If you plan on bringing a Quaker parrot (Myiopsitta monachus) into your life, then it's time to start learning about the species' specific dietary requirements. With the right nutrition and care, Quaker parrots can sometimes make it past 20 years in age. These conversational pet birds are also frequently known as "monk parakeets" and "hooded parrots."
Pellets and Seeds
Pellets make a nutritious basis for a Quaker parrot's meal plan. Look for commercial mixes that are specifically marked as being suitable for these birdies. They should consist of a little more than half of a Quaker parrot's total food intake. In tiny and measured amounts, sunflower and safflower seeds also can be fed as well. Remember to keep seeds as occasional treats—they are fatty, after all.
Fruits and Veggies
Birds across the spectrum reap the benefits of regular servings of fresh fruits and vegetables, and Quaker parrots are not excluded. Supplement your bird's pellet-based menu with diced fruits and veggies—all fresh. Some parrot-friendly options are broccoli, carrots, apples, oranges, chard, pears, lettuce, corn, peas, green beans, celery and pomegranates. Refrain from feeding your bird any produce until you have confirmation from an avian veterinarian that it is indeed safe and nutritionally beneficial for him.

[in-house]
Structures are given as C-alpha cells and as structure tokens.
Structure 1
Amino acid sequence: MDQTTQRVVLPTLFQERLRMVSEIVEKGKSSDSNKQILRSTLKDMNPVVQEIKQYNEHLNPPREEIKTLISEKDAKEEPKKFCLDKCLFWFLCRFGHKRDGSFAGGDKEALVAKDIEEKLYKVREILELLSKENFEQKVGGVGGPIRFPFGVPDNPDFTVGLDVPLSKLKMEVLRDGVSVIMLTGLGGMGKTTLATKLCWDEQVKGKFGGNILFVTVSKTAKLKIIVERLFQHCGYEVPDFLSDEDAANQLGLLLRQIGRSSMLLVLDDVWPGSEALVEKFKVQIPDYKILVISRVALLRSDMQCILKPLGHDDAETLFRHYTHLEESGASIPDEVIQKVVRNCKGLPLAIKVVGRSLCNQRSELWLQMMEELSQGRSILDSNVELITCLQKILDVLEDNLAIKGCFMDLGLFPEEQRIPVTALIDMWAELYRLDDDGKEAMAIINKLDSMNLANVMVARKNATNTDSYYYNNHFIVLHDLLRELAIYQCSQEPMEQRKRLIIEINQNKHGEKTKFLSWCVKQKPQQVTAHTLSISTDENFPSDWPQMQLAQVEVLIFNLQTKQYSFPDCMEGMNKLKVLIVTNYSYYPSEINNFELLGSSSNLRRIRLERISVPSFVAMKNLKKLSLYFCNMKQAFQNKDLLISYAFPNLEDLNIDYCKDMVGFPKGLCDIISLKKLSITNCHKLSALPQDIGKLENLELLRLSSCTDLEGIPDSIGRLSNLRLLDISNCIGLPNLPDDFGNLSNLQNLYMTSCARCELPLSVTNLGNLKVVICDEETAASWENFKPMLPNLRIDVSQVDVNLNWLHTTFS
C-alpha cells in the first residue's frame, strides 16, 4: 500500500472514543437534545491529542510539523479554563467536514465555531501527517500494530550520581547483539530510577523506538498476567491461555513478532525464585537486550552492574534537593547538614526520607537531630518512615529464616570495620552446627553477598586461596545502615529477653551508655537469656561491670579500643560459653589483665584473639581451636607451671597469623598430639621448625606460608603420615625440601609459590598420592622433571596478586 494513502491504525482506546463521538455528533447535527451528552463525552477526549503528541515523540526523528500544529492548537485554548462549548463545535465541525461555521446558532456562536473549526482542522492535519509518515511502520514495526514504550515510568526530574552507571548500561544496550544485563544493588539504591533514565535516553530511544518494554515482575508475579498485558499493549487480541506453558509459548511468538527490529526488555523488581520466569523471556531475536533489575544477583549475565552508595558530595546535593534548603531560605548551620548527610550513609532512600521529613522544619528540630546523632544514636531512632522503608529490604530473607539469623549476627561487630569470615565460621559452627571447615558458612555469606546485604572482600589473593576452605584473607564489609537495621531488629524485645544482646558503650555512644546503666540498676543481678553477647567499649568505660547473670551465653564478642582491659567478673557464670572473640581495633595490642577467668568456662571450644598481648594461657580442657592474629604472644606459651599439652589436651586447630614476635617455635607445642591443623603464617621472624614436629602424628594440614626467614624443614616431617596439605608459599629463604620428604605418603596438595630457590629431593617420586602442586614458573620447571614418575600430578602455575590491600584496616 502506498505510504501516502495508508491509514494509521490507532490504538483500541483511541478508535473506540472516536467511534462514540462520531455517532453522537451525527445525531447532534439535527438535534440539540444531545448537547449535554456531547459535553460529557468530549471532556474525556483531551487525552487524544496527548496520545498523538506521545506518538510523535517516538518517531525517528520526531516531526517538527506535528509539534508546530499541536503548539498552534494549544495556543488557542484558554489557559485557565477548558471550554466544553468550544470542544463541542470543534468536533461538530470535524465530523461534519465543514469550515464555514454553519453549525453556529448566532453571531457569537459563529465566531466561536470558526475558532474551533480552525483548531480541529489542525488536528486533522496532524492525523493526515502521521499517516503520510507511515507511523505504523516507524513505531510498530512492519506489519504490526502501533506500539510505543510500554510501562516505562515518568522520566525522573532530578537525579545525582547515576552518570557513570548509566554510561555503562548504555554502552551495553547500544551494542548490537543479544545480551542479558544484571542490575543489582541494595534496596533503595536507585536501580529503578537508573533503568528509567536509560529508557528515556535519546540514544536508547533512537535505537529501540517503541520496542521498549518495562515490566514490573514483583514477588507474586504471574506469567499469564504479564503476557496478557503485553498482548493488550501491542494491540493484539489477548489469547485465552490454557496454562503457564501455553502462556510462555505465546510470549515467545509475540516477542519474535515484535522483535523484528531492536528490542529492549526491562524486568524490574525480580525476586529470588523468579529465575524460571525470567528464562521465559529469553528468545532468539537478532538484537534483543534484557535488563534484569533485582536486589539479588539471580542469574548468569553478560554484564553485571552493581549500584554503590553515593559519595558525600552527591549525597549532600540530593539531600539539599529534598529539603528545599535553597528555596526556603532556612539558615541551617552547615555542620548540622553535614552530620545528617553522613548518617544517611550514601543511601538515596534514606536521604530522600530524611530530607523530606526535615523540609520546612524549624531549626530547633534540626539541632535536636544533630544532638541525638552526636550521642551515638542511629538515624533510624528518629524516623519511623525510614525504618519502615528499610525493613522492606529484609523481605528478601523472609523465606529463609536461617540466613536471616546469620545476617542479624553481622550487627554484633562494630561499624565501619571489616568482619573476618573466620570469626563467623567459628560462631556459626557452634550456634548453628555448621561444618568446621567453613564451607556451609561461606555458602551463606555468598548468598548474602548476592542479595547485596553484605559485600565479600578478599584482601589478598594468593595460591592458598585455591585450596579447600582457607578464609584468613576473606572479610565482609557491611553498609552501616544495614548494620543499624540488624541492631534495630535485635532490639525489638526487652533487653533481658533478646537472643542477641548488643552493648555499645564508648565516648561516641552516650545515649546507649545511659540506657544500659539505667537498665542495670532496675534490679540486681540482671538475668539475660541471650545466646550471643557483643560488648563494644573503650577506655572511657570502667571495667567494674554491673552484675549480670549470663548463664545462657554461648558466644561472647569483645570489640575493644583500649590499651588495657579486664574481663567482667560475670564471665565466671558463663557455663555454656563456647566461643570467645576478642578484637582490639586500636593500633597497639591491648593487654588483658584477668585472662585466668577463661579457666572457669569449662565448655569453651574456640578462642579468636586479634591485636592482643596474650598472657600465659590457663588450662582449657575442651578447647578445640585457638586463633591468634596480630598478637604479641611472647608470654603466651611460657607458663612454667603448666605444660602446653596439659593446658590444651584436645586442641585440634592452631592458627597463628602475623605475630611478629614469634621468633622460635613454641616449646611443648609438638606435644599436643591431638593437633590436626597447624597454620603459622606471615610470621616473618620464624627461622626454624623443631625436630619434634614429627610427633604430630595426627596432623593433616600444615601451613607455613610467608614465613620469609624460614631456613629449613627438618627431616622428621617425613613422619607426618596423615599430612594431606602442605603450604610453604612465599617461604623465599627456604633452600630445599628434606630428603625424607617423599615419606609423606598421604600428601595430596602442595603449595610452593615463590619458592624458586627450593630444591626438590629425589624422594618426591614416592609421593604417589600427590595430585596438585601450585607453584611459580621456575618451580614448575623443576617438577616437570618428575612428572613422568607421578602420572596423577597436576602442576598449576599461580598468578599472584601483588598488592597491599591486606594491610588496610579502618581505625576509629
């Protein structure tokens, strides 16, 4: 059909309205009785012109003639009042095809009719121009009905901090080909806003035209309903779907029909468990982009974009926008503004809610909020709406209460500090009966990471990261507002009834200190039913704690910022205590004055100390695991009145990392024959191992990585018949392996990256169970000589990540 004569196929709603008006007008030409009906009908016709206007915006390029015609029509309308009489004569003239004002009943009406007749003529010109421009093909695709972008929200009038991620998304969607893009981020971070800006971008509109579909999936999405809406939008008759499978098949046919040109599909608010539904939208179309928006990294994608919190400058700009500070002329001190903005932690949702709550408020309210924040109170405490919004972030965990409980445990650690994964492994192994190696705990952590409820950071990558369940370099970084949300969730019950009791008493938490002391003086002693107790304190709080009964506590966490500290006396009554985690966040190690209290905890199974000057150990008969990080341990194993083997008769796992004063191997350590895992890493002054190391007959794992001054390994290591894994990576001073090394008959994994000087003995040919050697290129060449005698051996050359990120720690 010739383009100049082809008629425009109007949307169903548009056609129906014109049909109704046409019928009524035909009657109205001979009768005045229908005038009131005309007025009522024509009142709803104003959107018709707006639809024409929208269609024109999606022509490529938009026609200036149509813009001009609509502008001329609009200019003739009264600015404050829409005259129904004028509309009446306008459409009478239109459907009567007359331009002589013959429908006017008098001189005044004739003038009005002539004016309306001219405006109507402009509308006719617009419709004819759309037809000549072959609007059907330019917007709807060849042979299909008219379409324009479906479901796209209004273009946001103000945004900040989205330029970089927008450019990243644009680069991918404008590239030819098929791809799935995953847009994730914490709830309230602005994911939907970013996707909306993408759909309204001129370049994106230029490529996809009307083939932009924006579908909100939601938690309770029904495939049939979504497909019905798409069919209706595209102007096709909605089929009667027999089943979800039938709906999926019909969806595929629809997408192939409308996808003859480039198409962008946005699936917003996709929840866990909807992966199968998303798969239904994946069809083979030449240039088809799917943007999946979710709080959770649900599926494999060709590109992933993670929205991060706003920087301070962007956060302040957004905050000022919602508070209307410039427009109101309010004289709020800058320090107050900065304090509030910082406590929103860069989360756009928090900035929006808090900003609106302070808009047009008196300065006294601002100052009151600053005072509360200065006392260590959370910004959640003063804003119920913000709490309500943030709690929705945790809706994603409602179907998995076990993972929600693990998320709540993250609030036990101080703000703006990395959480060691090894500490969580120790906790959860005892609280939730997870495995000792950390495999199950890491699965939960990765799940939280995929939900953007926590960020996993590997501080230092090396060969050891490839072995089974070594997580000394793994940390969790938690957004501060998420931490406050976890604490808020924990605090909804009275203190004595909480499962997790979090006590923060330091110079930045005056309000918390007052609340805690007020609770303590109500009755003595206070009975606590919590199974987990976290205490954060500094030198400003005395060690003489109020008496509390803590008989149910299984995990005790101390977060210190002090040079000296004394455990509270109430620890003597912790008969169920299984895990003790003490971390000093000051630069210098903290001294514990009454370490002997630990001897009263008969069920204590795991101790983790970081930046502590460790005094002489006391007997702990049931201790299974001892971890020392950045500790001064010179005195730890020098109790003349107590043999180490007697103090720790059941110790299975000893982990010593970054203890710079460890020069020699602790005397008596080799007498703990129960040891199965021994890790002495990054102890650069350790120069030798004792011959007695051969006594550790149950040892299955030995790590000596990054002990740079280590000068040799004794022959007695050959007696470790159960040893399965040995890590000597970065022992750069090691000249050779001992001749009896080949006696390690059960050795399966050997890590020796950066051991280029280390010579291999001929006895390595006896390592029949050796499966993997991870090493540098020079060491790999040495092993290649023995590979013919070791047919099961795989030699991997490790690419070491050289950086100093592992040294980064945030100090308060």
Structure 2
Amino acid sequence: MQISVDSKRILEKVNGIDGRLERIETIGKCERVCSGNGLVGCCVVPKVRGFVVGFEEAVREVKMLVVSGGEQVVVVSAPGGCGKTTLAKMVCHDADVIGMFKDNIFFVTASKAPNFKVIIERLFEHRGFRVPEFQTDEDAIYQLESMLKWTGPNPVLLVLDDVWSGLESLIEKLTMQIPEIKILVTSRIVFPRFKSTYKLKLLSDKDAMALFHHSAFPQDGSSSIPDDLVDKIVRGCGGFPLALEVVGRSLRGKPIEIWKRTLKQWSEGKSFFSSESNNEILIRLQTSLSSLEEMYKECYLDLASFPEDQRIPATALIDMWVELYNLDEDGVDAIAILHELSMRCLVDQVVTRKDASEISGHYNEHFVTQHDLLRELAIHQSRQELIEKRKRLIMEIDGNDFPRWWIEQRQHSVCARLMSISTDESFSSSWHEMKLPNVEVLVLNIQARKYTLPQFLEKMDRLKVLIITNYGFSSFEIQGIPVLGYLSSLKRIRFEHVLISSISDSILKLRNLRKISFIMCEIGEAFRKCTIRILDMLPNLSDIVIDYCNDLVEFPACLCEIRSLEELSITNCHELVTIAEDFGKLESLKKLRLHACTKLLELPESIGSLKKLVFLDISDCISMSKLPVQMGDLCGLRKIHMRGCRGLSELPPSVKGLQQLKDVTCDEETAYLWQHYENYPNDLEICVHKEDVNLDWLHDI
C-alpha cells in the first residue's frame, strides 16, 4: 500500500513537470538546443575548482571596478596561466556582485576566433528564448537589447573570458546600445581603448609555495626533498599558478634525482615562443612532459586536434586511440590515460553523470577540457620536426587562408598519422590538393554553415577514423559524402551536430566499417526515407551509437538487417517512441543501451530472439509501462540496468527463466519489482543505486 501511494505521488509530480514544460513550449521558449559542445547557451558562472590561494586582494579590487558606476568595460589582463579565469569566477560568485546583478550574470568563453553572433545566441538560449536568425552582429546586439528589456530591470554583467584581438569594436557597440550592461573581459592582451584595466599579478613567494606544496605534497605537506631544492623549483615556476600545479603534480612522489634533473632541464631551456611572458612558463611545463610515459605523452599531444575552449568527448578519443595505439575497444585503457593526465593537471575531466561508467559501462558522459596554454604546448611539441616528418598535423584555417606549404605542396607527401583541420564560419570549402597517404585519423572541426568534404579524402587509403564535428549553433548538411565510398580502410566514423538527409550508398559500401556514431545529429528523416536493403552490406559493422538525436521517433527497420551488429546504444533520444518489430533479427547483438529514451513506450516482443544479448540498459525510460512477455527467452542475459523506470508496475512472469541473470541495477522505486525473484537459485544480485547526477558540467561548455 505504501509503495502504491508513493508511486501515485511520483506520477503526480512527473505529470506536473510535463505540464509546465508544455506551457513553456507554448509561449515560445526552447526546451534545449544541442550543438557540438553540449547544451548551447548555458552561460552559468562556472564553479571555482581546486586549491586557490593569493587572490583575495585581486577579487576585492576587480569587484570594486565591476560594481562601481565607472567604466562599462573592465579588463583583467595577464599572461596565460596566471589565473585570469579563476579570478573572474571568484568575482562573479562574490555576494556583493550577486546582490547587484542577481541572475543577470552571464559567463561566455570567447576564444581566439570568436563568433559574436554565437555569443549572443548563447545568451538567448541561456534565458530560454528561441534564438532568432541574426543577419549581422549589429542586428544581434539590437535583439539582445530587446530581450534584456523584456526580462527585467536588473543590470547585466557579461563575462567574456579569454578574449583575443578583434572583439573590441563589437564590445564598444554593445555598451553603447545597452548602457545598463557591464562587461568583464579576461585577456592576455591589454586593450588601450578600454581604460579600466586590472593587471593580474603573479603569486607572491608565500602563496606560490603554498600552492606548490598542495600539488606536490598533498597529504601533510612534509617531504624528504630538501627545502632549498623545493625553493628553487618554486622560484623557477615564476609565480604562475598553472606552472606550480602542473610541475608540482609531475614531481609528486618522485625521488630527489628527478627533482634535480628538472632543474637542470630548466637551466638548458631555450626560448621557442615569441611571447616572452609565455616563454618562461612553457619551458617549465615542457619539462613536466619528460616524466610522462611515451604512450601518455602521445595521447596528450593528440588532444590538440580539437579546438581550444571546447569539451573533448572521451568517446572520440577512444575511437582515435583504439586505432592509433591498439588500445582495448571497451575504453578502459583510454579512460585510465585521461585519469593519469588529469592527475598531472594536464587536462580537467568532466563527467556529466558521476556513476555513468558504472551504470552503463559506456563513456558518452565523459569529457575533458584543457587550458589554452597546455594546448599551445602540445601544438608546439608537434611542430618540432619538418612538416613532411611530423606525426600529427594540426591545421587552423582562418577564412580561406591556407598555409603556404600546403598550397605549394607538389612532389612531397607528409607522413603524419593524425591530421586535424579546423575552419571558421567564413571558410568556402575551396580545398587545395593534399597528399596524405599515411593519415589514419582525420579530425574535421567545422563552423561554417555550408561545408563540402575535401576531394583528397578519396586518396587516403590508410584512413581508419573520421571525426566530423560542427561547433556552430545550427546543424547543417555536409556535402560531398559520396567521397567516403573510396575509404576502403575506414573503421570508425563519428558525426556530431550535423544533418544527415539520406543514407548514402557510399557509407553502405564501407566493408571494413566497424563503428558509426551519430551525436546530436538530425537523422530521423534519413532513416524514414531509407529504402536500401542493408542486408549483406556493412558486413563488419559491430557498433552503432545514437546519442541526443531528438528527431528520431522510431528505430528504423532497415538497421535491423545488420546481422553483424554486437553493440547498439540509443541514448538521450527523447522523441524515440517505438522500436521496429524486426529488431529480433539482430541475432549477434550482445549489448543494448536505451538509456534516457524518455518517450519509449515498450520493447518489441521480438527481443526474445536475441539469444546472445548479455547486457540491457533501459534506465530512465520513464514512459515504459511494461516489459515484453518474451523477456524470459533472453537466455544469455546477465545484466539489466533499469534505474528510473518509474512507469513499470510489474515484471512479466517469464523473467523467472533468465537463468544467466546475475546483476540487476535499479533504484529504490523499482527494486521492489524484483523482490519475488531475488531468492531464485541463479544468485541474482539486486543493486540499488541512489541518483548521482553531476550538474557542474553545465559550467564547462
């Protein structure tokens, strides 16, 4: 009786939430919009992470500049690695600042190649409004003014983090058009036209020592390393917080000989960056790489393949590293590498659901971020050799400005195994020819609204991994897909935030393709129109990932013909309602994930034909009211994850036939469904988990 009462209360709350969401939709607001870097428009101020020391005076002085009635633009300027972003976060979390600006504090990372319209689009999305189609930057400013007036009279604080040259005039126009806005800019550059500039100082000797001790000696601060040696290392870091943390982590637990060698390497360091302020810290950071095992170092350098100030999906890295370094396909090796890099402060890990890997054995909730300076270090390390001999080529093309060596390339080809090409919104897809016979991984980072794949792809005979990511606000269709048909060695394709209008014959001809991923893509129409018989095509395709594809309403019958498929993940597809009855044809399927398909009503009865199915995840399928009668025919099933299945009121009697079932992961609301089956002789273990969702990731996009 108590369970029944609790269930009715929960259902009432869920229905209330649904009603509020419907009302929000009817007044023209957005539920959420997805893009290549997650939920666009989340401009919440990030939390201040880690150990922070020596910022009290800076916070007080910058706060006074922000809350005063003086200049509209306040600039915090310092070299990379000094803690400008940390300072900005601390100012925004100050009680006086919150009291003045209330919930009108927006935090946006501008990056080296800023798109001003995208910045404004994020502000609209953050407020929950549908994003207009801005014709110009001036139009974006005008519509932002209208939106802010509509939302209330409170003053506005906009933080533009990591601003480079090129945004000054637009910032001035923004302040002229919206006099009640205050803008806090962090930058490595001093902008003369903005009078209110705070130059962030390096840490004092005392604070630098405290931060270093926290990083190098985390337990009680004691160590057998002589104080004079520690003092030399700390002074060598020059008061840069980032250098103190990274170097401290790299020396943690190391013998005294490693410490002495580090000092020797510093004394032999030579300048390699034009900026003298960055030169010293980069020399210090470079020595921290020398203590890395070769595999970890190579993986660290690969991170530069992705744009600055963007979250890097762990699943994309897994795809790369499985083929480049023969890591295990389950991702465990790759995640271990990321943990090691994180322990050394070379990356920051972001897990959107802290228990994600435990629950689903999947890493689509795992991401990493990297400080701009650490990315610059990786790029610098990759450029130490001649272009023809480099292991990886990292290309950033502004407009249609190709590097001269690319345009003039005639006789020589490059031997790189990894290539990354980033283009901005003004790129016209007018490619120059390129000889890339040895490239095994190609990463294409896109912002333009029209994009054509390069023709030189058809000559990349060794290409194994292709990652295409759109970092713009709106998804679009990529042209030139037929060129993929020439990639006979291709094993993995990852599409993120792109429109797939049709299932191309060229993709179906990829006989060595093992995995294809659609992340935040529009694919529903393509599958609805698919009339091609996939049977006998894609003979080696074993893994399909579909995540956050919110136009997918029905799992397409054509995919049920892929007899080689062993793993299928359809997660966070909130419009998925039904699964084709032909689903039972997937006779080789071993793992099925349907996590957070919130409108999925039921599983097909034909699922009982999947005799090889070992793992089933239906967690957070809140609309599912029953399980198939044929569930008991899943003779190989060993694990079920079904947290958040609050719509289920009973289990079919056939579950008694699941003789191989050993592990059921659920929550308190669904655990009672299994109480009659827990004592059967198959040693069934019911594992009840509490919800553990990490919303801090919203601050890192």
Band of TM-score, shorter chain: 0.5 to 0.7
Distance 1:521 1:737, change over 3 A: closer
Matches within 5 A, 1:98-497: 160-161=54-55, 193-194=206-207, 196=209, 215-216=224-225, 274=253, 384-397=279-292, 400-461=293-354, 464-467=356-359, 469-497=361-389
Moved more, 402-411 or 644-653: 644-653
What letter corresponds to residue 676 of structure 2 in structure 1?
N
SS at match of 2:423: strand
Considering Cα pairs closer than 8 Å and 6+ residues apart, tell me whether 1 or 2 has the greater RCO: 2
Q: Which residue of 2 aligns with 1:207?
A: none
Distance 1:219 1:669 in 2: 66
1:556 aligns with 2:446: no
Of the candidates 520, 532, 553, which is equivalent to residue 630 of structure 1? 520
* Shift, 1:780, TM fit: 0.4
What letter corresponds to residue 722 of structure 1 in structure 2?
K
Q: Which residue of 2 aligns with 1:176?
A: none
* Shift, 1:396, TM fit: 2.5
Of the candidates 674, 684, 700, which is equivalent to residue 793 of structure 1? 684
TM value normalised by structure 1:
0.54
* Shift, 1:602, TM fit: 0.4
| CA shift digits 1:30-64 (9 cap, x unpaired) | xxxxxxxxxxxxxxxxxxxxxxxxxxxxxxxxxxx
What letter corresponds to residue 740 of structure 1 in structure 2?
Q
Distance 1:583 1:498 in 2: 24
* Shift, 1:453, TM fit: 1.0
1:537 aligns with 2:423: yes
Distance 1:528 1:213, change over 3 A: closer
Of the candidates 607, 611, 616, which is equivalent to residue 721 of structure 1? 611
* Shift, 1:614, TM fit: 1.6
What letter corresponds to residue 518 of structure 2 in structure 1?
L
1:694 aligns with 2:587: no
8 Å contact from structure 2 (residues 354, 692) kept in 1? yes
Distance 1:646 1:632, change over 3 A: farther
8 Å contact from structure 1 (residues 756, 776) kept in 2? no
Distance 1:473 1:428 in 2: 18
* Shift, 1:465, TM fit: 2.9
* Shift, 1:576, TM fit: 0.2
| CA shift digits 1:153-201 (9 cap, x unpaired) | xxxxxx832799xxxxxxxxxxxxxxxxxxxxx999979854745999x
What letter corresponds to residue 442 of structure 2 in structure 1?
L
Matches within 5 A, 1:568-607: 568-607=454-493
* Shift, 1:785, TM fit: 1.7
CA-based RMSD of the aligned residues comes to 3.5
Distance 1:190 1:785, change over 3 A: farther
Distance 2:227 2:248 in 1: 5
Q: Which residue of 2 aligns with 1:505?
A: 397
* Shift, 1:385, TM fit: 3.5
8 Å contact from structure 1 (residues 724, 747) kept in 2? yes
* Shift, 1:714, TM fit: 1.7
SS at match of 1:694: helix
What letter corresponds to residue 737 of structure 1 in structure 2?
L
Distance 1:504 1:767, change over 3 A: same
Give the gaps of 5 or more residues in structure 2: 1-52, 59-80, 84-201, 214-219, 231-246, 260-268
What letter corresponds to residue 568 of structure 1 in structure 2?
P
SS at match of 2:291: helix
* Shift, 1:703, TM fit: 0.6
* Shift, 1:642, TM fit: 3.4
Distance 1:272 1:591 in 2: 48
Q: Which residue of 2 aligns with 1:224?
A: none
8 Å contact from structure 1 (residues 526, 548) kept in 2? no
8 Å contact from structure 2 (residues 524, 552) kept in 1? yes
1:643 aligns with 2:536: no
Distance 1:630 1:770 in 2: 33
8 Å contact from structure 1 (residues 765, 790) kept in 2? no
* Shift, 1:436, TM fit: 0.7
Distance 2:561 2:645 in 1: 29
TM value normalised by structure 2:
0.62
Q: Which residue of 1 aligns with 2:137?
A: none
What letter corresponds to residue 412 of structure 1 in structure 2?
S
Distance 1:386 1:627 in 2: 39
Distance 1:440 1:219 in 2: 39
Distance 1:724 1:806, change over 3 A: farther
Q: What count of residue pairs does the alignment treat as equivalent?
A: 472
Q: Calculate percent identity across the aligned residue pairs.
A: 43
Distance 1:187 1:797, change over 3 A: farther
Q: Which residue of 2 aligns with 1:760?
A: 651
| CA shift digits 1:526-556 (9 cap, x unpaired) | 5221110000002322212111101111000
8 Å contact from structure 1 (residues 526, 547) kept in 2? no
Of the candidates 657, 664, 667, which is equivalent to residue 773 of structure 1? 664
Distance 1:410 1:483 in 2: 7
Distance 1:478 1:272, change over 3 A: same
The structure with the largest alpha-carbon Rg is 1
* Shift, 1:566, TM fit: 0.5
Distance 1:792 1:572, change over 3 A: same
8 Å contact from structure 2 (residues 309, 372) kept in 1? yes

Most fruits and vegetables are not hazardous to Quaker parrots and other avians, although avocado is definitely an exception to the rule. Avocado is poisonous to birds across the board, and because of that it is crucial to never allow your Quaker parrot to eat it. It is also vital to rapidly throw away any fruits or veggies your parrot chooses not to eat. Do not allow spoiling produce to linger in your pet's cage. If it's not gone in the span of a few hours, do away with it—and all of it.
Nutrition out in Nature
Out in their natural habitats, Quaker parrot diets are similar to those of their captive counterparts because they also involve lots of fruit. They also include plenty of green stuff—think grass and foliage buds. Other elements of their wild diet are blossoms, thistles, pumpkin seeds, nuts and even agricultural crops, from citrus to corn and sweet potatoes. These diurnal birds are not fully herbivorous, as they do their fair share of munching on bugs, too.